As promised, here are a few more of the highlights and lowlights of the trip I took through Canyonlands.
- One guy was telling us about how he'd been divorced for three years. "I guess at some point I need to stop talking about it to everyone and just move on." The husband of the girl who invited me said, "It's alright. It happens to the best of us." I don't know if I've ever seen someone's head whip around as fast as his wife's did at that moment.
- I got to know some work colleagues much better than before, and met some really cool people who were friends with them. You can't beat spending time with people who all get along and have the same interests. Too bad the coolest (and perhaps cutest) girl lives in South Carolina.
- On the third day I rode in a tank top to see if I could do something about the terrible farmer's tan I have. It didn't work. Instead I just got really dirty, and looked really trashy (thus earning me the nickname Trail Trash). That same day, two of the girls from camp ended up talking to some people in the camp next to us. Apparently they described me to two girls there, and they expressed interest in meeting me because I seemed like their kind of guy. That kind of stuff never happens when I'm camping. It's good to have wing-women.
- The scenery itself was so incredibly gorgeous. The pictures don't do it justice (do they ever?). I wish I could go back.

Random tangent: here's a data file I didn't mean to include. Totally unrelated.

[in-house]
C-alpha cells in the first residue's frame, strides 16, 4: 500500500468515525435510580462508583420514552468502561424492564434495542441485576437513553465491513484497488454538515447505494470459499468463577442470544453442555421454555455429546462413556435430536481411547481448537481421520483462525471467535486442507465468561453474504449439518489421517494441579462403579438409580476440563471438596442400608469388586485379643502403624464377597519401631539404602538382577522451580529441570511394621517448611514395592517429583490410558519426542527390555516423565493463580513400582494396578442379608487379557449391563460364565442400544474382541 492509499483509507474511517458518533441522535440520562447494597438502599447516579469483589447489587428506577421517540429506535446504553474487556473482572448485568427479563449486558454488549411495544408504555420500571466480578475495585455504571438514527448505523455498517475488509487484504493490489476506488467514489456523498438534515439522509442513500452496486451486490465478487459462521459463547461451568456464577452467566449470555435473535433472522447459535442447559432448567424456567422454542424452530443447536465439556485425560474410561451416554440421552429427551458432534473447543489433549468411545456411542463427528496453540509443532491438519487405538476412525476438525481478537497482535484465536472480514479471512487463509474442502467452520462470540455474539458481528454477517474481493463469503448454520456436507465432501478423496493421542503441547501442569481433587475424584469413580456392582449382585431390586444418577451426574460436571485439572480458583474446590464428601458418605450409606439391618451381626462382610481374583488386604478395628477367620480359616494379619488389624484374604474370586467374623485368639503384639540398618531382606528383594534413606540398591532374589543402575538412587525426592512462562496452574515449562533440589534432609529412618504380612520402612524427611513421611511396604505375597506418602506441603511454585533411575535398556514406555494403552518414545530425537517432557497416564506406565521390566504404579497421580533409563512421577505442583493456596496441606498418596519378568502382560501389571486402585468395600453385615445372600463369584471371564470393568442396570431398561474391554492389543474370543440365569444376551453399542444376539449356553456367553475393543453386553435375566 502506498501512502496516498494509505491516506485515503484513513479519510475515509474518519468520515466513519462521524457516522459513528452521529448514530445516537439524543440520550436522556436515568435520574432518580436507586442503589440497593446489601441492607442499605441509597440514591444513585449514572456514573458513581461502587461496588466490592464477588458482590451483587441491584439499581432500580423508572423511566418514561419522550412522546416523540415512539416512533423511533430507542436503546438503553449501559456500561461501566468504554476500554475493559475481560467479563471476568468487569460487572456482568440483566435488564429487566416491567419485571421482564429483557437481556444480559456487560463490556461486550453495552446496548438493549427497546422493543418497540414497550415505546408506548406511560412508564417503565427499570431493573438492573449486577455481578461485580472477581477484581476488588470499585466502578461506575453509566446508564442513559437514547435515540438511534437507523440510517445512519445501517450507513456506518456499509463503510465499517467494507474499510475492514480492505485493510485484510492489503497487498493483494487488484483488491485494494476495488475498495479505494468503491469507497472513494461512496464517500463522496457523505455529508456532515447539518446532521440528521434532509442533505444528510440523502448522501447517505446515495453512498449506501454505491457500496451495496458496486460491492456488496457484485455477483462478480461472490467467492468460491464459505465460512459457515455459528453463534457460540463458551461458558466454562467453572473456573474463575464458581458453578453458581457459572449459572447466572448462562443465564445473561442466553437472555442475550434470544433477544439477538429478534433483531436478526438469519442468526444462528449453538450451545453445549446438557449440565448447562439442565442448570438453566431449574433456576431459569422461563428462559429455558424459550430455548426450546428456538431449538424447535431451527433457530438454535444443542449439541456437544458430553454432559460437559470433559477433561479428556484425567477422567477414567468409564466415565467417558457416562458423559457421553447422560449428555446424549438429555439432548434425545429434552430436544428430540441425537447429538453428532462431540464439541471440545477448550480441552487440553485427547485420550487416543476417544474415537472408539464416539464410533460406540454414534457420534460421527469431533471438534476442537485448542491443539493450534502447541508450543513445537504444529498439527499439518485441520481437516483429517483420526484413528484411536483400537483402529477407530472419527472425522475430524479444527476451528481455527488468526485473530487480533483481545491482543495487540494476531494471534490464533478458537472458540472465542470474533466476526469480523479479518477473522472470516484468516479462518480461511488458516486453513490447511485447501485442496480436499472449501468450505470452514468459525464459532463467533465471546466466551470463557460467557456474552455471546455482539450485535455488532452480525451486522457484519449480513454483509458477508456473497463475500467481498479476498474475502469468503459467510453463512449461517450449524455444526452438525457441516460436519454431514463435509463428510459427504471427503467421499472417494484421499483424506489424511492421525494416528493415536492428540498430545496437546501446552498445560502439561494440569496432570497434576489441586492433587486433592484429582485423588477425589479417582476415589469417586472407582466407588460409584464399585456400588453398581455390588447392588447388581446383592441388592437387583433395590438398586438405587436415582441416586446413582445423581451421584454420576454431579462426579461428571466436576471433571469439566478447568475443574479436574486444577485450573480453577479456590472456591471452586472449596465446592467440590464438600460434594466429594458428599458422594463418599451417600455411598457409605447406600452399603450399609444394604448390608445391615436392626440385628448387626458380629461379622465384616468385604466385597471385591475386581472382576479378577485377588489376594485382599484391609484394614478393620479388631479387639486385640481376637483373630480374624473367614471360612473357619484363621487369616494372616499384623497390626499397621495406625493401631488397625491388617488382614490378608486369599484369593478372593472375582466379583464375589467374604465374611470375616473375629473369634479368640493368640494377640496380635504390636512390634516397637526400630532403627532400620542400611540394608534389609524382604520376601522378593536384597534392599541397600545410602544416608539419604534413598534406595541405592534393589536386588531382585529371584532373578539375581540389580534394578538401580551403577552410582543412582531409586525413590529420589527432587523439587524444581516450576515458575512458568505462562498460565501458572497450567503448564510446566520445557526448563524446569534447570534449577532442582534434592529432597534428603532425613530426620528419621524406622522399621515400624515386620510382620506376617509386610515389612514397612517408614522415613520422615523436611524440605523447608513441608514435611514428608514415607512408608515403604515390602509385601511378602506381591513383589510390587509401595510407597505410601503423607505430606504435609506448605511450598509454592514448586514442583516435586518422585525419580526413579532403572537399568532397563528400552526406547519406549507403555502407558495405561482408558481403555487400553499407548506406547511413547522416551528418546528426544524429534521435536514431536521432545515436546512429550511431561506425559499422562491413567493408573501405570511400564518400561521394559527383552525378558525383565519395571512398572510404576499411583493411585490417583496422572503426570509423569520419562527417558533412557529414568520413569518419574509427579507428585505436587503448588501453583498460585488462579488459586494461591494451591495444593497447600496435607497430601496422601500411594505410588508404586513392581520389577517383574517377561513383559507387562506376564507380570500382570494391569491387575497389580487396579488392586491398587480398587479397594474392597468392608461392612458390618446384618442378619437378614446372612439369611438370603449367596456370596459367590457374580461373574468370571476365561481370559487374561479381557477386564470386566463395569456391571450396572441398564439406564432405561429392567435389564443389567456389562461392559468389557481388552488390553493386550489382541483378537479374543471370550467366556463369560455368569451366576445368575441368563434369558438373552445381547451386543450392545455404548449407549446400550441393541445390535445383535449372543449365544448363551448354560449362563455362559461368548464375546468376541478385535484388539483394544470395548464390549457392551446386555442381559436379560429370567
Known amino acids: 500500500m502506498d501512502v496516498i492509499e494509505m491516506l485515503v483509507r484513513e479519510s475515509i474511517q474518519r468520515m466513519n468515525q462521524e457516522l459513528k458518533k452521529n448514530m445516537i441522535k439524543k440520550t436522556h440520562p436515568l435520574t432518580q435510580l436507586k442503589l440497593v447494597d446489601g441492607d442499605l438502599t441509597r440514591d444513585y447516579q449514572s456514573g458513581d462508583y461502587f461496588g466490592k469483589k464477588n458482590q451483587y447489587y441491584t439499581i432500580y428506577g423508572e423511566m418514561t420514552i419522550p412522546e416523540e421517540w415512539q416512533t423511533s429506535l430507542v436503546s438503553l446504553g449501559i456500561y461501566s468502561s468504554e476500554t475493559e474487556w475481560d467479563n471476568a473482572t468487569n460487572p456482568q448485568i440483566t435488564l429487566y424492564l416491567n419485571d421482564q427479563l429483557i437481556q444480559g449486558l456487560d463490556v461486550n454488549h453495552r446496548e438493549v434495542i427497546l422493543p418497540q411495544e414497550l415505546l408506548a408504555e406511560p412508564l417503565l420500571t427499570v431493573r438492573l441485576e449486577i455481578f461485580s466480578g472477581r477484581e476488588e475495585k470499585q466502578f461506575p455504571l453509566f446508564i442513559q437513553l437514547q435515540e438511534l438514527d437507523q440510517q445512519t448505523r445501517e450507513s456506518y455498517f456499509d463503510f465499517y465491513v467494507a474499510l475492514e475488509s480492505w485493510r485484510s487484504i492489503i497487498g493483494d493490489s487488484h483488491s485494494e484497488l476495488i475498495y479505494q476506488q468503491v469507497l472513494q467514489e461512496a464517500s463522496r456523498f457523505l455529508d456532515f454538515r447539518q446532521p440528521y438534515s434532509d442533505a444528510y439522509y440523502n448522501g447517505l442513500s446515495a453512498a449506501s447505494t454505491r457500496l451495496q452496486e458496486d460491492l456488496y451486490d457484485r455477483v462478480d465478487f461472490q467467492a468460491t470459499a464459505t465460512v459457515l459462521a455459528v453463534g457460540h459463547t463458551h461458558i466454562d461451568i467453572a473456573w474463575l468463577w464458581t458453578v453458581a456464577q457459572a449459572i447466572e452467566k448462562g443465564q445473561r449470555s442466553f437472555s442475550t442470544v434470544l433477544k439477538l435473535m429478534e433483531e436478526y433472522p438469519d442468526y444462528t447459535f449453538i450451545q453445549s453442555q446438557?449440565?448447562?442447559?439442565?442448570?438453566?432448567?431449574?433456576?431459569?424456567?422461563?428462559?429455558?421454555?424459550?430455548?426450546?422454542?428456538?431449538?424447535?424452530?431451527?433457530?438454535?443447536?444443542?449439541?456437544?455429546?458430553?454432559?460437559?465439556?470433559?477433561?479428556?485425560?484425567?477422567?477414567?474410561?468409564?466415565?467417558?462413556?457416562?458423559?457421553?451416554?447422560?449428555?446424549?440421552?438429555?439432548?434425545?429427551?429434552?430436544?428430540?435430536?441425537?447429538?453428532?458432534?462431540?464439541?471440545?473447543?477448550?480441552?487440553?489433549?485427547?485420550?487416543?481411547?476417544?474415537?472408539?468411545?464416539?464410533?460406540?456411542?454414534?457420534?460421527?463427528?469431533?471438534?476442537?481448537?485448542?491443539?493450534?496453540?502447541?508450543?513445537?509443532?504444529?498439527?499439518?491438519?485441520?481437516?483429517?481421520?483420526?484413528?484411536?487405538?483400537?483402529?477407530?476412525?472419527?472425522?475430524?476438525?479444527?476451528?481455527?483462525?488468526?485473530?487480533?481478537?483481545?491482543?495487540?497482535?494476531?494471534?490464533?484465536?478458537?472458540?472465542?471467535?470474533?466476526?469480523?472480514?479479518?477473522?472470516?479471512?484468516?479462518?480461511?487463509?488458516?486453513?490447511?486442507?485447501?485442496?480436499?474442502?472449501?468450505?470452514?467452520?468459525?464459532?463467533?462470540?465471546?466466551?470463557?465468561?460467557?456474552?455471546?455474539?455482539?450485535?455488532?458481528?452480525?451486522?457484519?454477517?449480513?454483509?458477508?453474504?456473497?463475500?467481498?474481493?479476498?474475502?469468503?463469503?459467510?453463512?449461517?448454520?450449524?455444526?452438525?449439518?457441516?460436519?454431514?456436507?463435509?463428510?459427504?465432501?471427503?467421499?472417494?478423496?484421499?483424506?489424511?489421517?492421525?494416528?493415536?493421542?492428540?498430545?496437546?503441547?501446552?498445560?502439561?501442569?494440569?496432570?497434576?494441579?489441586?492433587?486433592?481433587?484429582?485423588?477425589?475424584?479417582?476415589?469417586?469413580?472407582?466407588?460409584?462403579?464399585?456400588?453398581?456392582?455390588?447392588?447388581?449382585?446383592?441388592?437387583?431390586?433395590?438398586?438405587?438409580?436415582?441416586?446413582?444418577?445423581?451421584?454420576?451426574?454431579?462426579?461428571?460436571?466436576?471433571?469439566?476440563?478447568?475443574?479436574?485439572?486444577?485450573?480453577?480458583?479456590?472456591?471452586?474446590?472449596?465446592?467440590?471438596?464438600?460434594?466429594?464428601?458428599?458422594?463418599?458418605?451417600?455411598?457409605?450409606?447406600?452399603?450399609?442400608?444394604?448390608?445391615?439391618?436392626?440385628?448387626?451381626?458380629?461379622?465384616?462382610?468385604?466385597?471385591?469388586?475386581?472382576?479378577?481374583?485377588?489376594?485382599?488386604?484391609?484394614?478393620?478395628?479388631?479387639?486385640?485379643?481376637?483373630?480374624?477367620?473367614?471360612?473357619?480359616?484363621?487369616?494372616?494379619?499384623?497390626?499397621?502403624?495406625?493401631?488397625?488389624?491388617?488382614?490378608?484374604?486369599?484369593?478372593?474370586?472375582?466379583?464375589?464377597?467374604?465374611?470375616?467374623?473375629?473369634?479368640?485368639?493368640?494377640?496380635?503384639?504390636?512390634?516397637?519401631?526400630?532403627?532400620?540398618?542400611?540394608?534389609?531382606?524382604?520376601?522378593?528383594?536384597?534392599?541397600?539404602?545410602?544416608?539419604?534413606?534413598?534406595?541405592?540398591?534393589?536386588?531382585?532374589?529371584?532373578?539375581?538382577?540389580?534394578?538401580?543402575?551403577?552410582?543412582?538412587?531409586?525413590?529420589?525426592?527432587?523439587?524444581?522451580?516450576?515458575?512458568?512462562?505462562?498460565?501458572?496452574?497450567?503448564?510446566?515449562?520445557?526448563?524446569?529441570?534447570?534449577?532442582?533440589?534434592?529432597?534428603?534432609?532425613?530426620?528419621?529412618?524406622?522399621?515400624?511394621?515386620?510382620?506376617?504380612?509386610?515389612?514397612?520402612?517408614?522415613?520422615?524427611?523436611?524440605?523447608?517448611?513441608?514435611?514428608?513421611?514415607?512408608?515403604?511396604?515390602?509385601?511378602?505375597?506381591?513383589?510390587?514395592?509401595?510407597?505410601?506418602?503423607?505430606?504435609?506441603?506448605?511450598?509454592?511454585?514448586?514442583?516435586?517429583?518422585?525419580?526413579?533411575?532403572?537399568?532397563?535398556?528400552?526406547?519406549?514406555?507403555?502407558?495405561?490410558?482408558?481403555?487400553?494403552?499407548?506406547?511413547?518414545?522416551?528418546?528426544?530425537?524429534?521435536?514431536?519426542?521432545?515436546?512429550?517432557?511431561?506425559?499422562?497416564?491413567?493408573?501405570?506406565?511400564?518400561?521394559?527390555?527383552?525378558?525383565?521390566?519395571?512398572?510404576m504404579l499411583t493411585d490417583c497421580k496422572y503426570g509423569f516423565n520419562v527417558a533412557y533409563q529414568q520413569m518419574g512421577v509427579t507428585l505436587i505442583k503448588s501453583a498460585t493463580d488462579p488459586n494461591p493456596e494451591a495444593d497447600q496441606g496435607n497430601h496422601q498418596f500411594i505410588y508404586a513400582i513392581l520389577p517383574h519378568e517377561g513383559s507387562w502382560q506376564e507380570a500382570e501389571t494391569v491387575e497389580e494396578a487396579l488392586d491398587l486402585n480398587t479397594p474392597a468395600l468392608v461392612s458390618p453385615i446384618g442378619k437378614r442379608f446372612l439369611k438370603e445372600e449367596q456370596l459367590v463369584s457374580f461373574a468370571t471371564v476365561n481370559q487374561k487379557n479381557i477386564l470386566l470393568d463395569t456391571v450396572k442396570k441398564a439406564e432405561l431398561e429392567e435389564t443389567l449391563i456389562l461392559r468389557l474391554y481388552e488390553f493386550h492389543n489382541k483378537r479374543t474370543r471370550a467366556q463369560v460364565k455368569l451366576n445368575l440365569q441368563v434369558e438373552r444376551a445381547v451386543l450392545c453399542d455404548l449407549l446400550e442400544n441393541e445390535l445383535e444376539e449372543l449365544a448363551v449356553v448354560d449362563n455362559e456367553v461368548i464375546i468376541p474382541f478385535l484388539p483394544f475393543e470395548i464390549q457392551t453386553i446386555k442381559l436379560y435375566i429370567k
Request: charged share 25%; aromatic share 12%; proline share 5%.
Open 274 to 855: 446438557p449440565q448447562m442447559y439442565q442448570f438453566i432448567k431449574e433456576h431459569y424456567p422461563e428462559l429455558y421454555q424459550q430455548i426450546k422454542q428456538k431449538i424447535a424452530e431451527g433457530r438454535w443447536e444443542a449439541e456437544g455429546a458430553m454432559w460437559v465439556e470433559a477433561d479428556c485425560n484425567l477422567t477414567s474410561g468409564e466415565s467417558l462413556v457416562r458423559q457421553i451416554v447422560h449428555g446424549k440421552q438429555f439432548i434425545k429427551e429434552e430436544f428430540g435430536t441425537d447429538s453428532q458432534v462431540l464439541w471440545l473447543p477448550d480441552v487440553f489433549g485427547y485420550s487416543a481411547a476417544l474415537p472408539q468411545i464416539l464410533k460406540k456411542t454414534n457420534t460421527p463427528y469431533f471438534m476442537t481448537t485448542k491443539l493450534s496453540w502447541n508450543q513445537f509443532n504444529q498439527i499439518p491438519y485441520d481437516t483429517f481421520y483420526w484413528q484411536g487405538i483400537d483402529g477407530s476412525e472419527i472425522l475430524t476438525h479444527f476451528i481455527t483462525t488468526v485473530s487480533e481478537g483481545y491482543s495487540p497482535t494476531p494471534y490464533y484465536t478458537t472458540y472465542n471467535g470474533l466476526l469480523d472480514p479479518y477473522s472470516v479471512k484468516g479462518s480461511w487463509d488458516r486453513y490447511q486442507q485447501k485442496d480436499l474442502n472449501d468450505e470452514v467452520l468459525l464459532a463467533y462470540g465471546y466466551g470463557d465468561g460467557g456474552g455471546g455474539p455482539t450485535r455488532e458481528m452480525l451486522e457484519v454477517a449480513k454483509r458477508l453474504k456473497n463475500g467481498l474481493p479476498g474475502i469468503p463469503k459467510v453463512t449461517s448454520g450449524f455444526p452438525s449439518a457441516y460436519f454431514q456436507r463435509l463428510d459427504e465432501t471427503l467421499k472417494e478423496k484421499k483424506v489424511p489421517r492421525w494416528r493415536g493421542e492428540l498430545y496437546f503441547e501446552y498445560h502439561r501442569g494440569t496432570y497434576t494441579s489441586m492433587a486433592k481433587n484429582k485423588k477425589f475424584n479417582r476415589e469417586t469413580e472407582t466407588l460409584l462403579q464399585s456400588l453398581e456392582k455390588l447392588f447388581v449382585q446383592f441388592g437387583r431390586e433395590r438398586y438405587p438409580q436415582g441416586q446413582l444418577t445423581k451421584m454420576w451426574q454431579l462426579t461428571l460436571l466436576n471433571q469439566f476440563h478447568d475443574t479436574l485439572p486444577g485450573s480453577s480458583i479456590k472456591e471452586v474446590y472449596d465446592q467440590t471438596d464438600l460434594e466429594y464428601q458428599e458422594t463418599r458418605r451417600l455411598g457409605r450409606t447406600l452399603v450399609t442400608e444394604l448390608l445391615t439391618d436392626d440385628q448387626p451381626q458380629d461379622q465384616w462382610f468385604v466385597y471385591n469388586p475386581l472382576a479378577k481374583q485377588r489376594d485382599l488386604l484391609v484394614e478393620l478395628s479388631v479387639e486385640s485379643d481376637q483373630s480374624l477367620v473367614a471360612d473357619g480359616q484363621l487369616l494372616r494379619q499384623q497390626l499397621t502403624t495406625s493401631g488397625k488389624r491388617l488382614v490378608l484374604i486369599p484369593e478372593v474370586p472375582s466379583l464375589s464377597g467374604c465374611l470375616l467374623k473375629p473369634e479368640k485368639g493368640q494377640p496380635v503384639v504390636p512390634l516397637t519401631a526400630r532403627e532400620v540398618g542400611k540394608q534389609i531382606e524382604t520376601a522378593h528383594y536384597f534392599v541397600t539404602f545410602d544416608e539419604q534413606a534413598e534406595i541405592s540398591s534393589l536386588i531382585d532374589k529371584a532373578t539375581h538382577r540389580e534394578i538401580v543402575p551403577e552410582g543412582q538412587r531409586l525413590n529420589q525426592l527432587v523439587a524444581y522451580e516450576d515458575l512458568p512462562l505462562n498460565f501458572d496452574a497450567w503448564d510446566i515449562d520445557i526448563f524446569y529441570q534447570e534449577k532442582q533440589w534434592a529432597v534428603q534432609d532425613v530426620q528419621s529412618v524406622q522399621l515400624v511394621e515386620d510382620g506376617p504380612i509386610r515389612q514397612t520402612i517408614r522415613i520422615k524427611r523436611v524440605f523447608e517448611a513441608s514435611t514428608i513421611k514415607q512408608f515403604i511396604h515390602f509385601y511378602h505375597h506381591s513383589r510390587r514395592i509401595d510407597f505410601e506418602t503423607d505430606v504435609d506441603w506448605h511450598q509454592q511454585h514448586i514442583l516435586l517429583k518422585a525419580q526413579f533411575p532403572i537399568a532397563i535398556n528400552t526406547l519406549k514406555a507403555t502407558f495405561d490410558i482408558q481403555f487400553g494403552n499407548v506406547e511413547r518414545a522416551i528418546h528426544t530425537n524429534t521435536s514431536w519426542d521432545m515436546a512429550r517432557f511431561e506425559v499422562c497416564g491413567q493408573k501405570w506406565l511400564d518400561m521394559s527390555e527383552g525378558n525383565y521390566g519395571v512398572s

- Dunking my head in the river just a mile or so before we began our final ascent out of the canyon felt sooooooo soooooo good. Sometimes, that's the best thing you can do after three days without a shower.
- The wind. It was so bad for two and a half straight days. One of my friends was living in Louisiana when Katrina hit, and she said they were worse than that at times. If fighting it on the bikes wasn't bad enough, having sand blow across your face all night wasn't much fun either. It blew so hard for so long that even though it finally died down on the evening of the third day, I still felt like wind was blowing on me the first night I was home in my own bed. I woke up five times because of the "ghost wind" that night. It was the weirdest sensation.
- When we were setting up camp the first night, we couldn't get the propane stove to work. Some of the guys starting manipulating it, and ended up catching a propane can on fire. The manliest man of the bunch reached in and twisted it off bare-handed, but for a few seconds there I was sure someone was going to lose an eye or a finger or something. Fortunately, they finally figured out how to get it working. The lesson? When you buy a new stove, take it out of the box and set it up before embarking on a four day trip away from civilization.
- Apparently the last people to go to bed on the first night didn't put the fire all the way out. When the winds really kicked up about 2 a.m., it blew some hot embers into my sleeping bag and caught it on fire. Not the best way to start out a trip. Luckily I didn't get burned myself. That could've ended much, much worse.
- At the very beginning of the trip, like, as soon as I took my bike off the rack, I noticed a hole in the side of my front tire that my inner tube was bubbling out through. I thought I was screwed from the beginning and wasn't going to get to ride. One of the girls had some duct tape though, and we were able to reinforce it with that. Luckily, it held up the entire 100 miles. Who'd have thought?
- It took three days and many many Q-tips to finally get all the sand out of my ears. Disgusting.
I'm sure there are things I'm forgetting about. That's what happens when I wait a week to give you updates. Oh well.